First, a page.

Similarly, for MBS items, the data reflect tests that were referred by you and claimed on the MBS. It is possible that there are delays between the date of your referral and the date the test was claimed on the MBS.

Discrepancies may occur between the data provided and your practice data

This may be because of inaccurate recording of your prescriber number in the pharmacy, or because your prescription or referral pad has been used by another doctor.

 

My data looks high because I predominantly work in a specific demographic, was this taken into account?

We recognise that the context of prescribing or writing referrals varies for every provider, however because of limitations of the data we are unable to tailor each provider’s data. The data provided in Practice Reviews is for your reflection only. Consider the data and reflection points in relation to your patients and in the context of your own clinical practice.

See also ‘What does the Practice profile show me?’

 

What should I do if I have concerns about the data in my Practice Review?

If you have read the previous sections about considerations when interpreting your data and still have questions, email NPS MedicineWise at [email protected]. If we are unable to resolve your concerns, we will facilitate investigation of your query with Services Australia.

If you are worried that your data shows fraudulent activity, you can:

  • report suspected fraud by calling Services Australia on 131 524, or 
  • contact the police.
 

Can I request a patient list that relates to my data?

No, this is not possible. NPS MedicineWise does not request data from Services Australia at an individual patient level. All patient data received is de-identified data per provider.

 

What services are included in a Medicare Category 1 consultation?

The Medicare Category 1 consultations used are as listed on the Medical Benefits Scheme

 

If my data shows that I am above or below the median of GPs, does this mean I need to change my prescribing or referral habits?

It is important to note that the prescribing of the median of GPs is not always an indicator of best practice.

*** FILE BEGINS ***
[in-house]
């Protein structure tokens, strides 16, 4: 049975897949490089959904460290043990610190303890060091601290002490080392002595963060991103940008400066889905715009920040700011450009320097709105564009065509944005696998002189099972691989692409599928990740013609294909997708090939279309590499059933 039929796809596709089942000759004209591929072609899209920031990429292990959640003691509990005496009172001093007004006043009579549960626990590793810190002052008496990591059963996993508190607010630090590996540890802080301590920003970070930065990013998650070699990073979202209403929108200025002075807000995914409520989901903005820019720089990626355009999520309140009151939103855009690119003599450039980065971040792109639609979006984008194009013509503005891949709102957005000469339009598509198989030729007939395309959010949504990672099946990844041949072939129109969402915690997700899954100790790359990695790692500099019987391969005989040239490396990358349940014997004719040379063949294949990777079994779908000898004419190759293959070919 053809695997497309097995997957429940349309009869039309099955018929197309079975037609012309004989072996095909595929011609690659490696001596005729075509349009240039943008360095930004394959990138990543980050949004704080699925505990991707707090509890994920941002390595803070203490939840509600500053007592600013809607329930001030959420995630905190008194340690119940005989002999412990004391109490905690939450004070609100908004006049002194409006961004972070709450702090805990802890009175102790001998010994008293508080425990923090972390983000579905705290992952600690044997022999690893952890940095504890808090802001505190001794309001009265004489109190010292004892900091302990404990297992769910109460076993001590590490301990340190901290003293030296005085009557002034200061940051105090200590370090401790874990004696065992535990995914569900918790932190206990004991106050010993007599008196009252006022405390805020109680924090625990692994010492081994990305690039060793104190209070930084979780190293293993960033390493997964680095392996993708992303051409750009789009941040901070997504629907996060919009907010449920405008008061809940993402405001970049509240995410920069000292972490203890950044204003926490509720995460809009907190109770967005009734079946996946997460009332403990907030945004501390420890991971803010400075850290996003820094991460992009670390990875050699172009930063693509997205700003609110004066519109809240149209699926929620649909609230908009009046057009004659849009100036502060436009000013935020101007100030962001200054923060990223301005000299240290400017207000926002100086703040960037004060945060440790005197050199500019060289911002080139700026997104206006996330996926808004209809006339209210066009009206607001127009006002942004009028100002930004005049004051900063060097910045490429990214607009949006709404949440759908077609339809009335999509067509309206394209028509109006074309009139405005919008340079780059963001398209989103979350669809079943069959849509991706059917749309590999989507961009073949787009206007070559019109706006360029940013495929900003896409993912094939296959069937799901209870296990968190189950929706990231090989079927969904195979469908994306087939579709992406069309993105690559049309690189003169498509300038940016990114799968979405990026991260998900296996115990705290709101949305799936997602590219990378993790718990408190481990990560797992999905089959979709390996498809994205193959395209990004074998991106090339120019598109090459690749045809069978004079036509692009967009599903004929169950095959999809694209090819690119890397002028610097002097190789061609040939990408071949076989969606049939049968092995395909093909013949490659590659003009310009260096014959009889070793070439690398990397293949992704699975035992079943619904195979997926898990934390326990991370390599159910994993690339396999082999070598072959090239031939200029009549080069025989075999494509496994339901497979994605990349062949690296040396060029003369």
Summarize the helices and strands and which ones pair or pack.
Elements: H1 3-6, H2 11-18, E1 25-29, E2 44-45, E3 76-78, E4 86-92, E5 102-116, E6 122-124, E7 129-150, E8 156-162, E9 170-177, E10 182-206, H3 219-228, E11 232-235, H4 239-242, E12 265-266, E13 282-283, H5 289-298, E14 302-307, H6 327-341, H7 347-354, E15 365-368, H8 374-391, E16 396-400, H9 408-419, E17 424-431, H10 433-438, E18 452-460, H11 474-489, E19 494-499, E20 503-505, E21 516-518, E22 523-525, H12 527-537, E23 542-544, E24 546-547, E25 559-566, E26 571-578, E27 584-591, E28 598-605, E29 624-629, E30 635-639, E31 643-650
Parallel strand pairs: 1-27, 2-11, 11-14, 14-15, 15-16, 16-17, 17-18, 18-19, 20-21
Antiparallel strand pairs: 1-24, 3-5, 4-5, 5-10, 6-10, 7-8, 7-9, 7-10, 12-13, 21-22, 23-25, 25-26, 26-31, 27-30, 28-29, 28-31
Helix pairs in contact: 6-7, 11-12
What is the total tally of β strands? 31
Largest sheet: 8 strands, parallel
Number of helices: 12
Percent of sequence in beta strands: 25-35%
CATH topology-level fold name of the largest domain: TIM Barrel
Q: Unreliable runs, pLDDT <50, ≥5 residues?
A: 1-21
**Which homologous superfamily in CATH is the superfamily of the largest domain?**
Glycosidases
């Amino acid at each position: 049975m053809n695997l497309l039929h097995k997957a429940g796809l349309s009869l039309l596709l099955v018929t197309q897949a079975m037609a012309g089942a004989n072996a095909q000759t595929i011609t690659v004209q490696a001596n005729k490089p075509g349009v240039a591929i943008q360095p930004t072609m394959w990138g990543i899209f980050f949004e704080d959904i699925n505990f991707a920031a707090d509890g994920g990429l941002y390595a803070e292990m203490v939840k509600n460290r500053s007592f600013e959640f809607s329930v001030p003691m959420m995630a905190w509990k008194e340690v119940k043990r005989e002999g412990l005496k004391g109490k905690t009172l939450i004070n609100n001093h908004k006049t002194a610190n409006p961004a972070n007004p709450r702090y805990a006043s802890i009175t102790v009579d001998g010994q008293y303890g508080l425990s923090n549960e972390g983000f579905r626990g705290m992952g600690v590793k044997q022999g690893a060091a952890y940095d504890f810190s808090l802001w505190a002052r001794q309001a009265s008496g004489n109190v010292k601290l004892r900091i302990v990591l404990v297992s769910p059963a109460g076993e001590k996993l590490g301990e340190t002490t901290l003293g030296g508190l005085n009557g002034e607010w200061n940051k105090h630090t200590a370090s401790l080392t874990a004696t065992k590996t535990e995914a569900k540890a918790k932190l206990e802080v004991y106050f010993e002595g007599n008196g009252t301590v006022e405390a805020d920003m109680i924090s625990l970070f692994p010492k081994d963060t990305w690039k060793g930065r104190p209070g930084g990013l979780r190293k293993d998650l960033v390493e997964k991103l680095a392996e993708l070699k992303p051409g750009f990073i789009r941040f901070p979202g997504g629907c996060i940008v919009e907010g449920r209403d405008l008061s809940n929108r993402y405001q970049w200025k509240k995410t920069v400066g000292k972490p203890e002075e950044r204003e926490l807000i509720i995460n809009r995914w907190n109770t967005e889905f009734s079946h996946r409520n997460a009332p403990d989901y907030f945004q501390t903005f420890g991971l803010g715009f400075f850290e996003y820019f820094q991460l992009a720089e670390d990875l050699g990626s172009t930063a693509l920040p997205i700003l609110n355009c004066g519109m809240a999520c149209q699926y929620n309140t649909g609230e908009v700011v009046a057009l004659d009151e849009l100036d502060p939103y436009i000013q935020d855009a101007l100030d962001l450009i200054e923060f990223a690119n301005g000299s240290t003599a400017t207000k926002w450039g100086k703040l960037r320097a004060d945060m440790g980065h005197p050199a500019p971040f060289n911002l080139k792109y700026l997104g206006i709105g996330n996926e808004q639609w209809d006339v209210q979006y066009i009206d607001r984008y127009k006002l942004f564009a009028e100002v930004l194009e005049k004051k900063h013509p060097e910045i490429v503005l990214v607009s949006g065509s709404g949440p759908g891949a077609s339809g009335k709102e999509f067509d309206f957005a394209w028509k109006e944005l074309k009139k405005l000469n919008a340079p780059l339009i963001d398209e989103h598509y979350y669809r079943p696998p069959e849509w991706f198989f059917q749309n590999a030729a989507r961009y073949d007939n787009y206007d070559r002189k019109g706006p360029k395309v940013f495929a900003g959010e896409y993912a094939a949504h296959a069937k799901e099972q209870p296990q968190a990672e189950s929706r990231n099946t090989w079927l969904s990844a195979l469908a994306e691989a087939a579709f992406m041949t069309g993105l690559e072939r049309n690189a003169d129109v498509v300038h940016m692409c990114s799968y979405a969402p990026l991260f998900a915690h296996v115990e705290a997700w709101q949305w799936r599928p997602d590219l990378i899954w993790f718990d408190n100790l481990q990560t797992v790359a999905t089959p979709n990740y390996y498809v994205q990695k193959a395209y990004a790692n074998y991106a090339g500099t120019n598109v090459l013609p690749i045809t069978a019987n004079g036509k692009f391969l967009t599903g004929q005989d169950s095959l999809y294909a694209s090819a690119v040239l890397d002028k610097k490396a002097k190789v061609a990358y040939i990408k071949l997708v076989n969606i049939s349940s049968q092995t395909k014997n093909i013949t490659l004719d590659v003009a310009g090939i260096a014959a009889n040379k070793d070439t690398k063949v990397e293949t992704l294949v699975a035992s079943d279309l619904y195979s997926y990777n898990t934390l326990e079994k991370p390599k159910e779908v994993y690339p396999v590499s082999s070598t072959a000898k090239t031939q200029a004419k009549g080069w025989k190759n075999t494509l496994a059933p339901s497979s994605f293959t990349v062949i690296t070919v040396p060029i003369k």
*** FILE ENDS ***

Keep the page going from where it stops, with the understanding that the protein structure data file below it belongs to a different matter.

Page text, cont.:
In some situations being higher/lower than the median is a good thing. We encourage you to interpret your data alongside the points for reflection. If your prescribing habits are in line with the best practice guidelines, then the graphs and tables in your Practice Review can be a strong motivator for reinforcing best practice.

If you realise that your prescribing or test referral habits are not in line with best practice guidelines, you may want to change your behaviour.

 

What is the RA?

RA stands for Remoteness area and is a comparator group, based on areas devised by the Australian Bureau of Statistics, that includes all providers practicing in a similar geographical location. The different RA classifications include:

  • major city
  • inner regional
  • outer regional
  • remote
  • very remote

Note, if a provider has been allocated to multiple RAs over time, the Practice Review will use their current RA. Similarly, if a provider practices in multiple locations over different RAs, then the Practice Review will use the RA where the majority of claims have been lodged during the report period.

 

What does the practice profile show me?

The practice profile is provided to help you interpret your prescribing and referral data. It indicates the spread of numbers of patients in your practice by age group, as well as total numbers of Medicare and concession patients in your practice compared to other providers in your RA. 

Understanding the profile of the patients in your practice can help contextualise the other graphs and tables in the report.

 

What is MedicineInsight?

MedicineInsight is a quality improvement program developed and managed by NPS MedicineWise with funding from the Australian Government Department of Health. Insights from primary care are drawn from the aggregated clinical data of all participating general practices.

MedicineInsight data may be included in some Practice Reviews, where relevant, to complement the PBS data and enable you to reflect on your patients and your clinical practice.

Find out more about MedicineInsight

 

Who do I contact for more information?

If you have any further questions, contact NPS MedicineWise: